In FY23, Cochlear reported a 19% increase in sales revenue driven by market growth, improved clinical capacity, market share gains, and COVID-19 catch-up surgeries. Underlying net profit increased 10% to $305 million and is expected to be $355 million to $375 million in FY24. A strong balance sheet and cash flow generation supported a 21% increase in the final dividend, bringing full-year dividends to $3.30 per share. 


Altium specialises in developing software tools and platforms that facilitate the design of electronic circuits and printed circuit boards (PCBs). The company designs its software to integrate with other software tools commonly used in the electronics industry, streamlining the design workflow. 

Industries widely using Altium products include electronics, aerospace, automotive, and consumer electronics, where PCB design is a critical part of product development. Its clients include Tesla Inc (NASDAQ: TSLA), Microsoft Corp (NASDAQ: MSFT), Inc (NASDAQ: AMZN), Alphabet Inc (NASDAQ: GOOGL), and Apple Inc (NASDAQ: AAPL).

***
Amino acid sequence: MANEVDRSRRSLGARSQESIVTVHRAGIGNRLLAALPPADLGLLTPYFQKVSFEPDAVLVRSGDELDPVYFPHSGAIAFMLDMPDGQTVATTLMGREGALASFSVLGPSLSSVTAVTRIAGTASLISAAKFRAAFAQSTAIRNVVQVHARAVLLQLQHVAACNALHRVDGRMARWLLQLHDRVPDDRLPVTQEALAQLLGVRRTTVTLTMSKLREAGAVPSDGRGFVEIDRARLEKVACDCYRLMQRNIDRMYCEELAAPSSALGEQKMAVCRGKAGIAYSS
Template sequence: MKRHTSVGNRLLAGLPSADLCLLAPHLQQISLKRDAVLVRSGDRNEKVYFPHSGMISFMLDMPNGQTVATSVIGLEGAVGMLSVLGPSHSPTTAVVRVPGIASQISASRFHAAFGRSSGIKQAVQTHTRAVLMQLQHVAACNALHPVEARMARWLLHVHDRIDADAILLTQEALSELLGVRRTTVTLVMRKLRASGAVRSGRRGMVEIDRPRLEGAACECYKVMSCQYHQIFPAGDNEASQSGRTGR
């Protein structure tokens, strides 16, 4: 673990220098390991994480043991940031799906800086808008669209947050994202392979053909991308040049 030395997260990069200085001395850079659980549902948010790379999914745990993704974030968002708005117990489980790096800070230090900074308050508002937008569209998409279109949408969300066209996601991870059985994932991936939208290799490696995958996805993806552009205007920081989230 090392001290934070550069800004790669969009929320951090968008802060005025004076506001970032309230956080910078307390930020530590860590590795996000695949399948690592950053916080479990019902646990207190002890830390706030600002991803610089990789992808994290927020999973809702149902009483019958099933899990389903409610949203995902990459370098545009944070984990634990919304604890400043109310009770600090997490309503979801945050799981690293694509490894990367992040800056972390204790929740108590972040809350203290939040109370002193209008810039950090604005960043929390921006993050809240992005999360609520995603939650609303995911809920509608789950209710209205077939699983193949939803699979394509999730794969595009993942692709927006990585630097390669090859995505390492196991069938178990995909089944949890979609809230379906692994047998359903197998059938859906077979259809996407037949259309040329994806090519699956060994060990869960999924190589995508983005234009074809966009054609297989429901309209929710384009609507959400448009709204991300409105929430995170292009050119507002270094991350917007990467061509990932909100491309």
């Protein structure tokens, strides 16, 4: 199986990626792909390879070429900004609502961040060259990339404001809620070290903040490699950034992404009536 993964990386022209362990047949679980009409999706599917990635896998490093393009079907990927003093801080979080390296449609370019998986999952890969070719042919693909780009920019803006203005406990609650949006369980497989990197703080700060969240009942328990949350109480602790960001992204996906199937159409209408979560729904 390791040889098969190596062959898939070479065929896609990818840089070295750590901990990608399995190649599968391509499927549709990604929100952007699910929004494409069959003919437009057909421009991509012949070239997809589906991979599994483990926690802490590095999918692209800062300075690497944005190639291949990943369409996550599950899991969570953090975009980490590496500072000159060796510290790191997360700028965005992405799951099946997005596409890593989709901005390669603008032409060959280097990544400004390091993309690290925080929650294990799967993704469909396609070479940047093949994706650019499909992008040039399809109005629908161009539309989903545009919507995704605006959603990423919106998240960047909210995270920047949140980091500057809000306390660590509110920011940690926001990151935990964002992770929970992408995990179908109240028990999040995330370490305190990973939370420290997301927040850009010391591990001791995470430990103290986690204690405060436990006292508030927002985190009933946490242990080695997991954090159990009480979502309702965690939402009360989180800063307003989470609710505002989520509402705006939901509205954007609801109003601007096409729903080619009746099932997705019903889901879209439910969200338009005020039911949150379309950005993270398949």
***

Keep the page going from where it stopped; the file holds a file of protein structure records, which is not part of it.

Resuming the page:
In FY23, Altium reported a 19.2% increase in revenue, which grew to US$263.3 million. EBITDA was up 20.3% to US$96 million. The company has a cloud-first strategy, transforming its product portfolio from stand-alone desktop design software to a connected cloud-based design platform. 

This has allowed it to gain increasing traction with enterprise, as well as mid-market, customers. Altium has provided guidance for revenue of US$315 million to US$325 million in FY24, meaning 20%–23% growth is predicted. 

What to look for when investing in growth shares 

Investors in growth stocks expect strong growth in the underlying company. This can often result in high price-to-earnings (P/E) ratios, making growth stocks appear overvalued. When the market expects a company to grow strongly, many investors remain willing to invest even at high P/E ratios. This is because they anticipate the stock price will appreciate over the long term.